NEW YORK -- If the message wasn’t clear before Friday, the Dodgers made it official just after 5 p.m. when newly acquired pitcher David Wells stepped into the visiting clubhouse at Shea Stadium: They’re in this playoff race to win it.
After all, you don’t sign the sixth-winningest active pitcher in baseball just to pad the stats.
“It’s obviously a boost for the morale in here,” outfielder Luis Gonzalez said.
“He’s a hell of a competitor,” added Manager Grady Little. “And he likes pitching in big games.”
Too bad he can’t pitch in relief, hit with runners in scoring position or find a way to get the ball past Mets third baseman David Wright. Any one of those skills would have been useful Friday when the Dodgers failed at all three, dropping a 5-2 decision to New York to fall to fourth, 3 1/2 games behind San Diego, in the National League wild-card race.
The Dodgers got runners on in every inning except the fifth, but couldn’t get any of them home until there were two outs in the eighth. They left the bases loaded in the first, stranded two runners in scoring position in the eighth and had the tying run at the plate in the ninth when Andre Ethier struck out looking to end the game.
All told, the Dodgers left 12 men on base and went one for nine with runners in scoring position while being held to fewer than four runs for the first time in 10 games. If they had built any offensive momentum during a recent streak that saw them score 54 runs in winning six of nine games, Mets starter Oliver Perez robbed them of it Friday.
Or maybe it never existed in the first place.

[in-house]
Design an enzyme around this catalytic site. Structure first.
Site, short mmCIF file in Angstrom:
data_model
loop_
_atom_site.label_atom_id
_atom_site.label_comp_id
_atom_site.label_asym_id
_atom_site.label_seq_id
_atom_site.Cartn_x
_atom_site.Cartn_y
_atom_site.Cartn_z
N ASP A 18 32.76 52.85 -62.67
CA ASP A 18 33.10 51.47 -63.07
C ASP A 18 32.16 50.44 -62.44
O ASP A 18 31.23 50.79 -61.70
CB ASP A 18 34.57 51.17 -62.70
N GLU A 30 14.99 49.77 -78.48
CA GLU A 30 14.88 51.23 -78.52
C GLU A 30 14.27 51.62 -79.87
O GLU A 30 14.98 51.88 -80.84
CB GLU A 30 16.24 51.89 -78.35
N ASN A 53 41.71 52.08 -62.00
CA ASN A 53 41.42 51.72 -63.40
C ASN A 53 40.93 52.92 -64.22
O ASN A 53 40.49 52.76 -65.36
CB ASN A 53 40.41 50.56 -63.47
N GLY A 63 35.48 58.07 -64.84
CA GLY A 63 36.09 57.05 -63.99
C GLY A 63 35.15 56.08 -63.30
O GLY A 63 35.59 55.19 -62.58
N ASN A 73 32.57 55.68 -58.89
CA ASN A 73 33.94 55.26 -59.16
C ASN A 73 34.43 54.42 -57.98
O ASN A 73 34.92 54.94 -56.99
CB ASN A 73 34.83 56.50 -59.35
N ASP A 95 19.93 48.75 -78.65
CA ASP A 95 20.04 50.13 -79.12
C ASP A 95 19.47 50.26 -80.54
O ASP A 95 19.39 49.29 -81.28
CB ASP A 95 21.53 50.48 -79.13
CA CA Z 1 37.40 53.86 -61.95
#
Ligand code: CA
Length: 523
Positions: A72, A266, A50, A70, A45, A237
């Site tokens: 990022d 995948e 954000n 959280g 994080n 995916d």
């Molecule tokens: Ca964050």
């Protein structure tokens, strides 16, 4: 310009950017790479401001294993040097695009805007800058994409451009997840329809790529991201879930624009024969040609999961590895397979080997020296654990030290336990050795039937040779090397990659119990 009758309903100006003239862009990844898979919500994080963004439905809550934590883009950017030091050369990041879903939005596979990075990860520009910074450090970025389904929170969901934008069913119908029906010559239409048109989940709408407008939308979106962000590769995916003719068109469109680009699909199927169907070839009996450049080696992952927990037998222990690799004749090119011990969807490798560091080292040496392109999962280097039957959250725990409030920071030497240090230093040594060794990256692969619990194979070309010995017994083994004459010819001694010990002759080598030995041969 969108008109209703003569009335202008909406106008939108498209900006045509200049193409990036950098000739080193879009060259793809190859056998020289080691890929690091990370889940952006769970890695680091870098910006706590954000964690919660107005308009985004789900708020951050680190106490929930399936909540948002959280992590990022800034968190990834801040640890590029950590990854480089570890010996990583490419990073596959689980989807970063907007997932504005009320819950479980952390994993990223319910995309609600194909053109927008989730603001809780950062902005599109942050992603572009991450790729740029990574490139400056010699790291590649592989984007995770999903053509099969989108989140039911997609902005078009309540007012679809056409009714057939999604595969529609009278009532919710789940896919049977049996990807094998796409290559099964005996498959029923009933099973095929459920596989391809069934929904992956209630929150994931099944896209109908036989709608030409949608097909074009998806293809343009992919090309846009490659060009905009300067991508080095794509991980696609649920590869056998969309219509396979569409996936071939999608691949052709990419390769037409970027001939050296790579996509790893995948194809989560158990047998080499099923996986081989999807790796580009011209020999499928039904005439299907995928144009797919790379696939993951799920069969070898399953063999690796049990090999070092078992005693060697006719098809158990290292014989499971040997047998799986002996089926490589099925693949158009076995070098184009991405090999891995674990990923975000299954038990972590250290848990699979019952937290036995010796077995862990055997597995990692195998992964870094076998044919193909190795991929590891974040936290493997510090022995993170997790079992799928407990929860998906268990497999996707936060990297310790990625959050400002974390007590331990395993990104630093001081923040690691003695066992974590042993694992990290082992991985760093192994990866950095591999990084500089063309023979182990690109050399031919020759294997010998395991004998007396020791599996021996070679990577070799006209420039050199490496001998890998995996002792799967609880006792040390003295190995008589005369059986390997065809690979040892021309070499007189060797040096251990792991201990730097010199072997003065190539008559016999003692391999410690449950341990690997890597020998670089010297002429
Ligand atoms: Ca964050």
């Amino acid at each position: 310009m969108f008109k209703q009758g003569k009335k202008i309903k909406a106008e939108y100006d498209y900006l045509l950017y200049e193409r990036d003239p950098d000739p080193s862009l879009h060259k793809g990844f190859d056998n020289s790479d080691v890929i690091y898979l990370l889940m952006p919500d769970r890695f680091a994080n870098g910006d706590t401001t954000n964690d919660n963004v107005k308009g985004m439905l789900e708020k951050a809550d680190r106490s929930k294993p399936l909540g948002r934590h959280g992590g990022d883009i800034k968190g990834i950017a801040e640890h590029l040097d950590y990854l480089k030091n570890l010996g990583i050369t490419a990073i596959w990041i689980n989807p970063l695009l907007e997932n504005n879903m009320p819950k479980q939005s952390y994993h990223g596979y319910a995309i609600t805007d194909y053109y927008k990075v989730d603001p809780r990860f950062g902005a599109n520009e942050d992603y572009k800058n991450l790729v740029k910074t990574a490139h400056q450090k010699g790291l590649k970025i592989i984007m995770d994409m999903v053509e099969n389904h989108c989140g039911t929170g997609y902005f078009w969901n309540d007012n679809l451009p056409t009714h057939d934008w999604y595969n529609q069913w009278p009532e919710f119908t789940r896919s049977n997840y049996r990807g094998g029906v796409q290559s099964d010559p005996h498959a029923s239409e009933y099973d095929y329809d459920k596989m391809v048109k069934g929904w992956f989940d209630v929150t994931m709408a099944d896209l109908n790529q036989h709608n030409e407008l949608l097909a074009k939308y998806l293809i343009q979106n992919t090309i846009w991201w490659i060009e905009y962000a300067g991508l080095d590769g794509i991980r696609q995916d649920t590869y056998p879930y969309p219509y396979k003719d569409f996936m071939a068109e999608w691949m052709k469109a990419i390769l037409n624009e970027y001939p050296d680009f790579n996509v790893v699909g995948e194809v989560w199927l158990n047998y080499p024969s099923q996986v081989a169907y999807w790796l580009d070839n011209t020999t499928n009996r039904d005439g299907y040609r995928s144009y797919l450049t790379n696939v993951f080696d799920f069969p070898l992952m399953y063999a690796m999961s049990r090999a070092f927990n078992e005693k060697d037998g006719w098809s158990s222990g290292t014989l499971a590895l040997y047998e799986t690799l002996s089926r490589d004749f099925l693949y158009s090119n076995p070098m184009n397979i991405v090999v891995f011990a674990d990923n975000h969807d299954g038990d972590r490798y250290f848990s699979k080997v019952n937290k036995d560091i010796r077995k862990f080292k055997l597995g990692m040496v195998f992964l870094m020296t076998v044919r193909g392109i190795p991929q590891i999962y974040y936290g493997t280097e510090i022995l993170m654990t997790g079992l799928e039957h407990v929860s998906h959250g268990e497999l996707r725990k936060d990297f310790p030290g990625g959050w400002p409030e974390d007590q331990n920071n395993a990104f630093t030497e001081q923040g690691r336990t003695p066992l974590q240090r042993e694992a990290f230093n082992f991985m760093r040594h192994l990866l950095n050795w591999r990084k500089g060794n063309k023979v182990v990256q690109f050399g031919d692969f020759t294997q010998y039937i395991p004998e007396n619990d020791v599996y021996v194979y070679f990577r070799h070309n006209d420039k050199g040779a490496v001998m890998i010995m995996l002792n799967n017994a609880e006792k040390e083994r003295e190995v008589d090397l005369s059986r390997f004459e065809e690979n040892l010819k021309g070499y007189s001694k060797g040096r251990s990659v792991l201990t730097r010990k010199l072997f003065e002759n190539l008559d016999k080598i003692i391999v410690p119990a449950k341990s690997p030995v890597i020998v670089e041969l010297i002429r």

“I don’t believe in momentum,” catcher Russell Martin said. “What’s momentum? It’s one game at a time. In baseball, you can win or lose any given day no matter who’s on the mound.”
On this day, it was Perez on the mound. So the Dodgers lost.
But of more importance was the fact that Wright was at third, where he turned in three defensive gems, short-circuiting a potential rally by robbing Ethier and James Loney of hits in the sixth, then stepping in front of Shea Hillenbrand’s bullet to save two runs in the eighth.
Even Brad Penny couldn’t get the ball by Wright, who knocked in two runs with a third-inning single and a fifth-inning home run against the Dodgers’ starter. But then Penny and Wright have met before since Wright boasts a .643 career average against the right-hander, who is 1-9 lifetime at Shea Stadium.
“He had a great game out there,” Little said of Wright. “This kid has had some great games already and he’ll have a lot more.”
However, this one wasn’t decided at third. It was decided at the plate -- especially in the first inning, when the Dodgers loaded the bases with one out but failed to score.
“When you let the guy off the hook in the first inning -- we had him right there on the ropes, and we let him get off with no runs. That got him going,” Little said. “We had a couple of chances in the game and nothing happened.”
Any real chance the Dodgers had of coming back evaporated in the eighth when Scott Proctor gave up two runs and three hits, with a walk and a balk in his only inning of relief.
Where’s David Wells when you need him?
Well, Friday he spent most of the night in a blue sweat shirt, leaning against the dugout railing. And what he saw couldn’t have pleased him.
“I hate to lose,” he said.
His chance to prevent that comes Sunday.